Are you staying up into the wee hours of the morning trying to finish projects? Or wide awake worrying about money, content strategy, deadlines, or your empty client calendar?
That was me. And I realized pretty quickly that focusing on finding the perfect number of clients (Is six the perfect number? Or is it eight?) wasnâ€™t the answer.
Maybe you know the feeling. Or maybe you struggle with getting even one good-paying client.
Iâ€™ve been there. I know what itâ€™s like. But five years ago, I broke the six-figure mark for the first time by landing some better anchor clients. And Iâ€™ve earned over $100K every year since then.
But it was still a hustle. I was working too much, and I wasnâ€™t sure how to change that. And then out of the blue one of my clients asked me a question:
â€œJennifer, can you help us with content strategy?â€ What happened next changed everythingâ€¦my incomeâ€¦my work hoursâ€¦and my happiness with being a full-time freelancer.
What’s content strategy, and can you do this type of freelance work? Take the quiz to find out.
Curious about content strategy?
When my client asked me to help out with content strategy, I figured…what the heck! And instead of just writing content, I started making decisions like:
- What content the client needs to produce to build trust with their customers
- Where that content should live online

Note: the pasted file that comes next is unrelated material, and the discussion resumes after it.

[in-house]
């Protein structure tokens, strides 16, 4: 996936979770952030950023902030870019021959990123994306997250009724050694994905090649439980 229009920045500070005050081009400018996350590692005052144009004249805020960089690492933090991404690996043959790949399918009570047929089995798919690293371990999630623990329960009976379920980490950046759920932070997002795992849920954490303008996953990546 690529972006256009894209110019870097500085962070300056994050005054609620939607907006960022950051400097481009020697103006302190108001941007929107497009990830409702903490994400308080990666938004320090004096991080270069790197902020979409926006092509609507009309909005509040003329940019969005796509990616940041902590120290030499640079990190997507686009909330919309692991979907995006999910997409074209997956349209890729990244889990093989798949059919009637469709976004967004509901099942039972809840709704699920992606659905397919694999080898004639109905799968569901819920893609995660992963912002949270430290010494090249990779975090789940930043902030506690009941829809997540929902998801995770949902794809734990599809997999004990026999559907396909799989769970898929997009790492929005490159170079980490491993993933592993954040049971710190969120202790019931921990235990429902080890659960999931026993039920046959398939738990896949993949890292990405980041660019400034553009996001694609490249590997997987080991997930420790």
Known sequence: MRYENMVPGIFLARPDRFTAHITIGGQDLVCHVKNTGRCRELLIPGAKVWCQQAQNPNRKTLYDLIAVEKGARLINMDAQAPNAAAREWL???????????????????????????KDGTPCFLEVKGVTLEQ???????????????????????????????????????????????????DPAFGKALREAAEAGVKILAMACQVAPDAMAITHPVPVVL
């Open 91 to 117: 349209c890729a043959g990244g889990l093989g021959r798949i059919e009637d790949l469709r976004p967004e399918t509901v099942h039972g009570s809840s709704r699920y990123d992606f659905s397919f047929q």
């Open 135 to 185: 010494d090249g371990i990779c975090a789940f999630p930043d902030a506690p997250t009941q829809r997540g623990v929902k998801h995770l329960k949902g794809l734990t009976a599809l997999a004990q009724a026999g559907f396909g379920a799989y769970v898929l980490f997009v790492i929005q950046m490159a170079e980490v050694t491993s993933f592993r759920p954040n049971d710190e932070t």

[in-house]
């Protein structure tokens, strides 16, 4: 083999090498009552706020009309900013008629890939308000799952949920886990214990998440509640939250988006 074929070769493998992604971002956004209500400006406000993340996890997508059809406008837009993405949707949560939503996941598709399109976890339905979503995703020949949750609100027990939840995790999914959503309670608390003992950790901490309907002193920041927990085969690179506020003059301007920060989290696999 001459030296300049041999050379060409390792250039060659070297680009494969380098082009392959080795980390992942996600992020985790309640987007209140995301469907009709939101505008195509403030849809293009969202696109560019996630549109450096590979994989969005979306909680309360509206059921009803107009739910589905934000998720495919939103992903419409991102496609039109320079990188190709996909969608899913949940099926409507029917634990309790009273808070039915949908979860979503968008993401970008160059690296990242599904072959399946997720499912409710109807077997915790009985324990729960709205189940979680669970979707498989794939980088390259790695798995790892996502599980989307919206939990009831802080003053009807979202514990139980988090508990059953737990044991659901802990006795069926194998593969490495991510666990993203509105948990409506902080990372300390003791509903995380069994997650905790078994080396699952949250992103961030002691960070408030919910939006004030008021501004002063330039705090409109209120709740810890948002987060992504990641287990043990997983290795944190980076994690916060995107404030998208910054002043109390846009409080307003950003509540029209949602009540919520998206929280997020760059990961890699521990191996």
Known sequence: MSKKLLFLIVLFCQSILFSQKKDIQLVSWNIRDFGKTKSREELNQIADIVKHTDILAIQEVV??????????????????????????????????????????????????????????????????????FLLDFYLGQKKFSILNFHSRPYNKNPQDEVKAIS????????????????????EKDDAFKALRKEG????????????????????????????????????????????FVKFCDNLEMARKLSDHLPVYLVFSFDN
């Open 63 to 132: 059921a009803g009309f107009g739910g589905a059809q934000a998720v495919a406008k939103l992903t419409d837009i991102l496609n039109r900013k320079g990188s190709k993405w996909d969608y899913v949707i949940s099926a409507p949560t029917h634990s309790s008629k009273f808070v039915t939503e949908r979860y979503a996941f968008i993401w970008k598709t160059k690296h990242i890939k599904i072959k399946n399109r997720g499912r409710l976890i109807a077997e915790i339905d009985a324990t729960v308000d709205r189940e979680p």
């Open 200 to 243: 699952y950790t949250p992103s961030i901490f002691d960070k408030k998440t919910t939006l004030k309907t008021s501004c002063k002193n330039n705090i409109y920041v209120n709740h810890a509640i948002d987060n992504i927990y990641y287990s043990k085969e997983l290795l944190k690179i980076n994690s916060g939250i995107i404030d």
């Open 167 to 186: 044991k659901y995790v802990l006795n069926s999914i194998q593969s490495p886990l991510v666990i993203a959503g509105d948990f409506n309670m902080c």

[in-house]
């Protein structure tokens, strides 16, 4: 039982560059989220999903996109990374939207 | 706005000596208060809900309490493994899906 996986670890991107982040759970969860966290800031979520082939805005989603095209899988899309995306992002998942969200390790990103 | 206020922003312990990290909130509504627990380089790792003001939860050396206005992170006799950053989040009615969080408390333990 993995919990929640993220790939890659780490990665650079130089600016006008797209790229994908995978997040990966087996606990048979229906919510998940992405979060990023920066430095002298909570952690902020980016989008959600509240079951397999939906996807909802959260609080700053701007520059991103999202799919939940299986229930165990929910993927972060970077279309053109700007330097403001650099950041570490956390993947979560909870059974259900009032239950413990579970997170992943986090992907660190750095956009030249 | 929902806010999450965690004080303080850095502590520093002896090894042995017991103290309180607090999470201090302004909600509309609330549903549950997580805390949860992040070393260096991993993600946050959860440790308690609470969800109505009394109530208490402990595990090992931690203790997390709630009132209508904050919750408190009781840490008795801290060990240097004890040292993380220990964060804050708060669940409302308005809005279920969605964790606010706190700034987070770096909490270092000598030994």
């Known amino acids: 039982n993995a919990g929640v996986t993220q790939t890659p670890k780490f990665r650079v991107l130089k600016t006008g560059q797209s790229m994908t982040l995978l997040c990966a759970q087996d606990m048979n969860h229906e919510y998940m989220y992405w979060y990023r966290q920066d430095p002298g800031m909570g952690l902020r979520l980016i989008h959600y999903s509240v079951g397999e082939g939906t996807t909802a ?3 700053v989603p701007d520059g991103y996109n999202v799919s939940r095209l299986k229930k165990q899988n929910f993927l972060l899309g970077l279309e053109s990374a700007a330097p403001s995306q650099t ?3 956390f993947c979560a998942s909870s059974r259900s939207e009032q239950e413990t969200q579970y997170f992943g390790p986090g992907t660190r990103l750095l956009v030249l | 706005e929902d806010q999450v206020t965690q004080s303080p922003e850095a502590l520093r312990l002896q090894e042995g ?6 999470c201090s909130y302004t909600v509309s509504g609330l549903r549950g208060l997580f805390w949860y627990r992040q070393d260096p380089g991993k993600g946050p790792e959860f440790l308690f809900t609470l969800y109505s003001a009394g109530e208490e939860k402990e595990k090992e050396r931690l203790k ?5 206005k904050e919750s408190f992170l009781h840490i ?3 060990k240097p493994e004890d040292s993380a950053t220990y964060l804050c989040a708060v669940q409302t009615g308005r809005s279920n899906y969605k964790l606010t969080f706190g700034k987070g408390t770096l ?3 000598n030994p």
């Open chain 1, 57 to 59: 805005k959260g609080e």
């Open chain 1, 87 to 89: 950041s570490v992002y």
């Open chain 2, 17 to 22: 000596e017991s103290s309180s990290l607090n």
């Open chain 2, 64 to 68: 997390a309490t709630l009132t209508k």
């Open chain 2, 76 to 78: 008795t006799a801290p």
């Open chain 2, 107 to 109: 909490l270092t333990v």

- What tone/brand voice to use to connect with customers
- How to promote content
So instead of just writing a blog post, I wrote a content marketing strategy document that included details about current content, a competitive analysis, a channel plan, and a social media plan.
And if you donâ€™t know what all of that means mean…no worries. I didnâ€™t either when I started, and I can help you with that. But more on that later.
Cashing in on content strategy work
I absolutely loved the project. And I was very good at it.
After the content strategy document was approved, I was assigned most of the writing work â€” plus a number of hours per week on retainer to continue working on content strategy.
My income not only went up, but my income was much more stable.
How’s that possible?
Work smarter, not harder
I moved away from earning my income by only creating deliverables, and began adding value for my client. Not only could I charge more money, but I was also truly part of the team.
And that’s a good place to be in the middle of coronavirus concerns. You’re likely not going to be the first freelancer let go in a budget crunch.
Could adding content strategy to your services be the secret to solving your feast or famine issues?
Maybe. Itâ€™s a great fit for some writers, but not a good one for others.
If content strategy fits your strengths, personality, and goals, itâ€™s a fabulous way to grow your income and finally find that perfect feast or famine balance.
- Are you cut out for content strategy work? Take this six-question quiz to find out.
1. Do you often yearn for variety, doing something other than writing?
Yes or No?
Content strategy does involve writing, but thatâ€™s just a small part of the job. Content strategy involves lots of other tasks:
- Working with people, and
- Problem solving.
- Plus, you have to get deep in the weeds with both social media and SEO (more on both of those later).
Yes = If you are happiest when you get to do all kinds of different tasks, including writing, keep reading.
No = If your favorite writing projects are those where the client hands you everything you need so all you need to do is some research and then go back to your computer to write the story by yourself, then becoming a content strategy pro is probably not the right move for you.